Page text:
A Church Without Issues

If you could pick one issue for the Christian church to represent, what would it be? Abortion or same-sex marriage? Environmental stewardship or poverty? Morality?

Some evangelicals are tossing this question around in light of the passing of the old guard: Jerry Falwell died last May, and many other prominent Christian leaders including Billy Graham, Pat Robertson, and Tim LaHaye have retired or handed over the reins of their ministries. Earlier this month, James Dobson resigned as board chairman of Focus on the Family.

The mere mention of these men elicits either a warm smile or a cold shoulder because they all were vocal on some issue. For good or bad, their words have shaped the image of the Christian church in America—both the way we see ourselves, and the way non-Christians view us. As we await new representatives who will become spokespeople for the church, one thing is highly probable: We'll identify these leaders as proponents or opponents of some issue.

And which issue will that be? John Whitehead, founder of the Rutherford Institute, told the Washington Times that evangelicals currently don't have an issue to rally around. "It used to be the pro-life movement, but I am not sure there is an issue now," he said. "The issue evangelicals key on is the gay movement, but they have lost that issue. There is no cause for a leader to emerge in now."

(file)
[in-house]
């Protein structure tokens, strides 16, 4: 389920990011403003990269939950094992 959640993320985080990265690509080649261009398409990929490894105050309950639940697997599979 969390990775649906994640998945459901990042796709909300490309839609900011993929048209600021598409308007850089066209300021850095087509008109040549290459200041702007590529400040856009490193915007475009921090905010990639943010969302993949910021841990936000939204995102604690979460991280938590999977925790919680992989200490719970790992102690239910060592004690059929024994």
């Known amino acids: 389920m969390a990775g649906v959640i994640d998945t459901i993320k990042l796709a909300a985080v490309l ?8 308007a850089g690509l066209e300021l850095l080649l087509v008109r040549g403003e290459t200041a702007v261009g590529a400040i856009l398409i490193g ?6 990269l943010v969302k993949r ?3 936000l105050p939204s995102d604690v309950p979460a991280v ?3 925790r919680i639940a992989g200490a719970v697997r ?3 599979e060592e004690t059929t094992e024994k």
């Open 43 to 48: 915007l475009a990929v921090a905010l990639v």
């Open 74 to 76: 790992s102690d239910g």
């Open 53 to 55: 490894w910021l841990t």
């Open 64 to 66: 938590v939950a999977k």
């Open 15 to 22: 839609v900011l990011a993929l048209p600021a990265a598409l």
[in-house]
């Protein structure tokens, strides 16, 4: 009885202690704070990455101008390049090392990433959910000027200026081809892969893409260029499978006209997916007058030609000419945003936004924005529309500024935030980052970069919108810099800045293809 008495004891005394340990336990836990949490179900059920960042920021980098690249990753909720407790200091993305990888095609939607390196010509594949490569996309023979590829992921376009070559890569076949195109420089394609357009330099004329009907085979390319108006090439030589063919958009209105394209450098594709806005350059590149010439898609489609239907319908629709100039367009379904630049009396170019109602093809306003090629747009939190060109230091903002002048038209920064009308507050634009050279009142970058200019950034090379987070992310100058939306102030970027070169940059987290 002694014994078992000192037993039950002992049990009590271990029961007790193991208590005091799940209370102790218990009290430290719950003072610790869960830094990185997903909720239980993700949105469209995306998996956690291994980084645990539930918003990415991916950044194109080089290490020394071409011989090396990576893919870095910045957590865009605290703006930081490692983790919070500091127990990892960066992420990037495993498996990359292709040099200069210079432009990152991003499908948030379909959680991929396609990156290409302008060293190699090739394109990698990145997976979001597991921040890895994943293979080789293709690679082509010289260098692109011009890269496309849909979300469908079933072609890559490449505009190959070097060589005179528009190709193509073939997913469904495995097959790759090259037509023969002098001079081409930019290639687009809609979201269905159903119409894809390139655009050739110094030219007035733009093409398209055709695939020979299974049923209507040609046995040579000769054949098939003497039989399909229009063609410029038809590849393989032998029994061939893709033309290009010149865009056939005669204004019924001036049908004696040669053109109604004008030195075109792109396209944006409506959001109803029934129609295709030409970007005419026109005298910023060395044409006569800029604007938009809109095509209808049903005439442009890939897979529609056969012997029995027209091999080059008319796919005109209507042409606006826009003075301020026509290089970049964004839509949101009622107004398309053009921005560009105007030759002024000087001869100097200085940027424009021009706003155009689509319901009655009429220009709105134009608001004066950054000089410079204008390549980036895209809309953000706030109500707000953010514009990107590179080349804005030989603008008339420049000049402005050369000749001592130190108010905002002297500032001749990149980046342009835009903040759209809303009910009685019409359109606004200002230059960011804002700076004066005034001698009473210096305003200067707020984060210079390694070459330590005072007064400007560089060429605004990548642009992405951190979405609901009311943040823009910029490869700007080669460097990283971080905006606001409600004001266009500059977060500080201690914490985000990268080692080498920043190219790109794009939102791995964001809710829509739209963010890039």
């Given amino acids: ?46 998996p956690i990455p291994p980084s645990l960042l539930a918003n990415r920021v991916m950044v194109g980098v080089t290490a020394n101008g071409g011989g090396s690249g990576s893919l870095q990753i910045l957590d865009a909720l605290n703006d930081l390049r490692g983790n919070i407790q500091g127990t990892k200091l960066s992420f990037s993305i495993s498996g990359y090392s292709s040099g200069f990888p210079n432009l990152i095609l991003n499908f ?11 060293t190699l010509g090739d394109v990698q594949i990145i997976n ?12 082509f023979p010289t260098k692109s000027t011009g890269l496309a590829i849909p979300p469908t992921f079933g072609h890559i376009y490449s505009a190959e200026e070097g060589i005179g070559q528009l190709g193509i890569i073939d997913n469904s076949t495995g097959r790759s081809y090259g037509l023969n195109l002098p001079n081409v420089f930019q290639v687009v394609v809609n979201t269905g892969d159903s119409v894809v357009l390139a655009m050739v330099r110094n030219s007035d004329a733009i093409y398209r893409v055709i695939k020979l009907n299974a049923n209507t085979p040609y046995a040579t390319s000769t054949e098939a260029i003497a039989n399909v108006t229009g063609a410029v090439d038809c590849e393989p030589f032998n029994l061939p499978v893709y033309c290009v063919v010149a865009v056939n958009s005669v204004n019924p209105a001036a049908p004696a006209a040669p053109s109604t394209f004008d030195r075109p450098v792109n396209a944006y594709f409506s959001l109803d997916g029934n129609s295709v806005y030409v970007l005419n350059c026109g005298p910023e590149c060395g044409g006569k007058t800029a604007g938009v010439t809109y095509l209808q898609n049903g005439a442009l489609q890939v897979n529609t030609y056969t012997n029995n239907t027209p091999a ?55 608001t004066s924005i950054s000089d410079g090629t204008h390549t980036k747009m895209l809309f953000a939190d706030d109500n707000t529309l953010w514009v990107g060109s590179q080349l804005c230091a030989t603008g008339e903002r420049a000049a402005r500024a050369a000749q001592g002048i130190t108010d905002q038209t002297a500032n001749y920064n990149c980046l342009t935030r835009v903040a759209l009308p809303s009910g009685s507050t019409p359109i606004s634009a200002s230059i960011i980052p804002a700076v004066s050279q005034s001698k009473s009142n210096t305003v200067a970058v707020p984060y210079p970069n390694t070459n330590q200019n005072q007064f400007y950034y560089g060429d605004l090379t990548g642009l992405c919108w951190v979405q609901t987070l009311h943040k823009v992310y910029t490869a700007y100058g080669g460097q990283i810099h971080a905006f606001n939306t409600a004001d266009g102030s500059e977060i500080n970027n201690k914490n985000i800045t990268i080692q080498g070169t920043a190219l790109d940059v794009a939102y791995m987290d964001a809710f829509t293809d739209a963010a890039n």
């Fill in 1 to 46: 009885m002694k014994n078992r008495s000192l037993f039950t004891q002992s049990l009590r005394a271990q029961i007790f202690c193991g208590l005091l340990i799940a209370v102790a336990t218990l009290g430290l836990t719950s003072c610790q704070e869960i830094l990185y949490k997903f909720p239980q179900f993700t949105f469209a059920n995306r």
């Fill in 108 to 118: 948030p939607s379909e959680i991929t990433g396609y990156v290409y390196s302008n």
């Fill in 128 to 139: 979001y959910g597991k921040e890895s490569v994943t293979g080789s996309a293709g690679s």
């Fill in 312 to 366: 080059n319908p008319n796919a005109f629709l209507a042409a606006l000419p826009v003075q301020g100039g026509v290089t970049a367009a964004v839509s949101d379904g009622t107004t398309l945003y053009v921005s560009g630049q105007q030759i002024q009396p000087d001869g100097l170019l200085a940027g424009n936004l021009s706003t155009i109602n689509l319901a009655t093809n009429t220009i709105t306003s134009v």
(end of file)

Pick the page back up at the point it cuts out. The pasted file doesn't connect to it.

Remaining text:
Say what? We don't have a "cause"?

My friend Brooke offered this profound response to Whitehead's words: "Shouldn't the cause for evangelicals forever and always be evangelism? I wonder if the fact that we have become a political constituency and force has caused us to lose sight of the main thing. I also wonder if the strong public moral stands that evangelicals have taken in the political arena have undermined our ability and effectiveness in presenting the gospel."

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May 25

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